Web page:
The Bethesda Summer Music Festival, now in its 11th year, is a two-week opera-training program for young singers. Begun as an offshoot of the Asian American Music Society, it now presents two staged productions (mostly double-cast) and two other concerts, with daily public master classes. Saturday’s performance of “Le nozze di Figaro” had many factors working against it — musical and structural — but nonetheless offered fleeting pleasures.
Trying to maneuver around the two large pulpits of the Bethesda Presbyterian Church, the earnest cast did its best to convey a sense of the interior and exterior spaces of the action. The score was cut right and left, beginning with the overture (already one of Mozart’s shortest), including all the choral numbers and several arias for the secondary characters; the first two acts were thus disposed of in 75 minutes.
The singers were, of course, at varying levels of talent and development; certainly the vocal standout was Emily Reily as the Countess. Although as an actress she cut a matronly and not terribly sympathetic figure, and got lost briefly in “Dove sono,” her voice was still the one unalloyed musical pleasure of the evening, filling the church with beauty. Grace Gilday as Susanna was pert and natural in the role; her voice was substantially thinner, but “Deh vieni, non tardar” was delivered stylishly. Jose Sacin’s voice is healthy, but it doesn’t soar, and it needs better support when singing softly. His big Act III number, “Vedro mentr’io sospiro,” was very well done, however. In the title role, Joseph Pleuss worked hard but sometimes too hard (like doing push-ups while singing “Non piu andrai”). He is more of a “singing actor” at this stage, with a decent but uneven voice. And Figaro should have poise and cunning above all; Pleuss mugged like a sitcom character. Amy Loudin’s voice was simply not up to the role of Cherubino, struggling with intonation all evening. In the smaller parts, Felix Polendey and Erica Marie Ferguson impressed the most, with crisp acting and well-contained singing.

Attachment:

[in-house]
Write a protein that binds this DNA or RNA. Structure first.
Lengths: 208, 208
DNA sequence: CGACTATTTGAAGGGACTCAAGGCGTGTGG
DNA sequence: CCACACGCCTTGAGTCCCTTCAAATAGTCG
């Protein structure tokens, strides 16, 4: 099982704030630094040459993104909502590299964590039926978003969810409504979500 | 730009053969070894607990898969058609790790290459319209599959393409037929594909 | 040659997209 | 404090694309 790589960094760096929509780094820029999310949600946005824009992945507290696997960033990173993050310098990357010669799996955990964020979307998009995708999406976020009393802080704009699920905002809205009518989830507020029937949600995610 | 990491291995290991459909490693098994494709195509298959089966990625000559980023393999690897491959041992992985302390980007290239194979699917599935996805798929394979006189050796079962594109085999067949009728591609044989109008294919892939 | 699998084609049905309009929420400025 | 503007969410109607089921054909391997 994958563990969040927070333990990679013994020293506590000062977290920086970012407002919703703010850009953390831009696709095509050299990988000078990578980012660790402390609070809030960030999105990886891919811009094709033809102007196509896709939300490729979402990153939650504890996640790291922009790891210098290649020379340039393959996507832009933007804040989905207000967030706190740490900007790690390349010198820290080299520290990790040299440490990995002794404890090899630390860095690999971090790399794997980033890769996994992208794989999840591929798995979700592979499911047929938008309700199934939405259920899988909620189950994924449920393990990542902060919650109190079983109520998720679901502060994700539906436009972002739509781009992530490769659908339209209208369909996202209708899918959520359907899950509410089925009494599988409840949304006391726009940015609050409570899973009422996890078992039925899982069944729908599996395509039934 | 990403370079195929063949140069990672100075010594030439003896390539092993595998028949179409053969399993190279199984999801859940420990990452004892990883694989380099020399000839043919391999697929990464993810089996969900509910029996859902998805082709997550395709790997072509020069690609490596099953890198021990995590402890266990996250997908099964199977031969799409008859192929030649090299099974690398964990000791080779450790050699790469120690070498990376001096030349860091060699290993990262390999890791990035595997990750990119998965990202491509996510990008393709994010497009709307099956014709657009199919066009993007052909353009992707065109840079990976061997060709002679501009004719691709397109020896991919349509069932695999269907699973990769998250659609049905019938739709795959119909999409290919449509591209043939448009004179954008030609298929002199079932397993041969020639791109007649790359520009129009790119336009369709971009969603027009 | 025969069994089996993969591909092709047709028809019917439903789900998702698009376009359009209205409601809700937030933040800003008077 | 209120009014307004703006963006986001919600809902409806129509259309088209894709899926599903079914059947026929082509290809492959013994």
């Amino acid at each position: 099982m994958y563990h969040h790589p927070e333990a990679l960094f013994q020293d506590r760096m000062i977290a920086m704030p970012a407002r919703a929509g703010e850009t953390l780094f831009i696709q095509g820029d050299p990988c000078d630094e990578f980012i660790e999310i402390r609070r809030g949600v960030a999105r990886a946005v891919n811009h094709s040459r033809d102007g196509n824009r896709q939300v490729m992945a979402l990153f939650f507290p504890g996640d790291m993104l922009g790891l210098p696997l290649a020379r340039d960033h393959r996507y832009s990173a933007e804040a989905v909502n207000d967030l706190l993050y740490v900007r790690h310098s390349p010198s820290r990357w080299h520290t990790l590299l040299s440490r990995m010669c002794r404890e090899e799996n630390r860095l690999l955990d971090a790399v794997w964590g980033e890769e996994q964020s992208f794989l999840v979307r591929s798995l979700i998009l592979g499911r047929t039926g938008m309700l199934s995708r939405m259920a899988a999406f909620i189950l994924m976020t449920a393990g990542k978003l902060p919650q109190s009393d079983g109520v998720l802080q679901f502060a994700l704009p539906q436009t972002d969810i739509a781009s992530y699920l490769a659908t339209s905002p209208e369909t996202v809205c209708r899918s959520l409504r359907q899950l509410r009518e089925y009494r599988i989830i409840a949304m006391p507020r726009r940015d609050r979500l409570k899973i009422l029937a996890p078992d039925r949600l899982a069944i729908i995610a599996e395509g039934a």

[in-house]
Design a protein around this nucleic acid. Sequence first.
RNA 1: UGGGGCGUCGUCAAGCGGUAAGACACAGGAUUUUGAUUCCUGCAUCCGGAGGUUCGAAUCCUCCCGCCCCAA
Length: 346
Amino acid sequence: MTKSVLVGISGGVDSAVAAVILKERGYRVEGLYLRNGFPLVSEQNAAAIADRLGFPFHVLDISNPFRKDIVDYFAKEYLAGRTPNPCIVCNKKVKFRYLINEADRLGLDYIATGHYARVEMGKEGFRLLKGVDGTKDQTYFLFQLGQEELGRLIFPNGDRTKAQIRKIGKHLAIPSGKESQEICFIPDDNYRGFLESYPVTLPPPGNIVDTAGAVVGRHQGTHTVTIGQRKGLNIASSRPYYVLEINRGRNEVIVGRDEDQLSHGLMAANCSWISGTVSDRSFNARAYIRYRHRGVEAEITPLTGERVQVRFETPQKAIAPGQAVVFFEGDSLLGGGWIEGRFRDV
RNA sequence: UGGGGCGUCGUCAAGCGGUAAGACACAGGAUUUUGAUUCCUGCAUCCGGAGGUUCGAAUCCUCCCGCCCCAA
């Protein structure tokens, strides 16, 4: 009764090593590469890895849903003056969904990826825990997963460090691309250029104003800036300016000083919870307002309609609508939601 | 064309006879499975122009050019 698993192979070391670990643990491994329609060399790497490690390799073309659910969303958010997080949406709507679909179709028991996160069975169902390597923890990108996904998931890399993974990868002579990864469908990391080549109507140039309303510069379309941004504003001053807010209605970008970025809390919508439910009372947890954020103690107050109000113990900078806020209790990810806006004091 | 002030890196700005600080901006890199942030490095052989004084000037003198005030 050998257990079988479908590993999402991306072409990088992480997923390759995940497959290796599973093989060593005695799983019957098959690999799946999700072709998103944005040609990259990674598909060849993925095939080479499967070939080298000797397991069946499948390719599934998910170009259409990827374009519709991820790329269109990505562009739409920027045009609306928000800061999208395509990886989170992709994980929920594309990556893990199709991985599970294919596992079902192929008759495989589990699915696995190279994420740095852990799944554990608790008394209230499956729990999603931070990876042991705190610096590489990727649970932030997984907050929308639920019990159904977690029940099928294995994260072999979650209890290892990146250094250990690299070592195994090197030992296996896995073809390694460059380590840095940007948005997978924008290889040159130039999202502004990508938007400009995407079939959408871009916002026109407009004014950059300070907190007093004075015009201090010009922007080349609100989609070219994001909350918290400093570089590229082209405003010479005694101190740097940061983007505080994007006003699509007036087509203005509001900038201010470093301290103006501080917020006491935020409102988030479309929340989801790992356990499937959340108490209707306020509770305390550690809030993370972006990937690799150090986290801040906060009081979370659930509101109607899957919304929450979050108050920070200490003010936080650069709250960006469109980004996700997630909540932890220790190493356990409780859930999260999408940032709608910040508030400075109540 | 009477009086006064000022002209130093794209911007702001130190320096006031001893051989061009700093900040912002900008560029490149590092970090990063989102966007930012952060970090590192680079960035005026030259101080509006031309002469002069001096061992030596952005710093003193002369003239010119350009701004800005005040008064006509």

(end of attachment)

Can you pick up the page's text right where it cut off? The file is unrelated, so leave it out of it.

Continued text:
The biggest problem with amateur opera productions is always the orchestra, in this case a string quartet plus piano. The many ensemble problems, even with so few players, were the inevitable result of inadequate rehearsal. It costs money to have good instrumentalists in sufficient quantity, booked for enough rehearsal to render the score somewhat as the composer intended, and these shoestring companies never have enough. I don’t have any answers, but for me, one place to try cost-shifting would be the projected surtitles. We all got along fine without them for centuries, and as this production demonstrated, they can confuse as much as inform.
Battey is a freelance writer.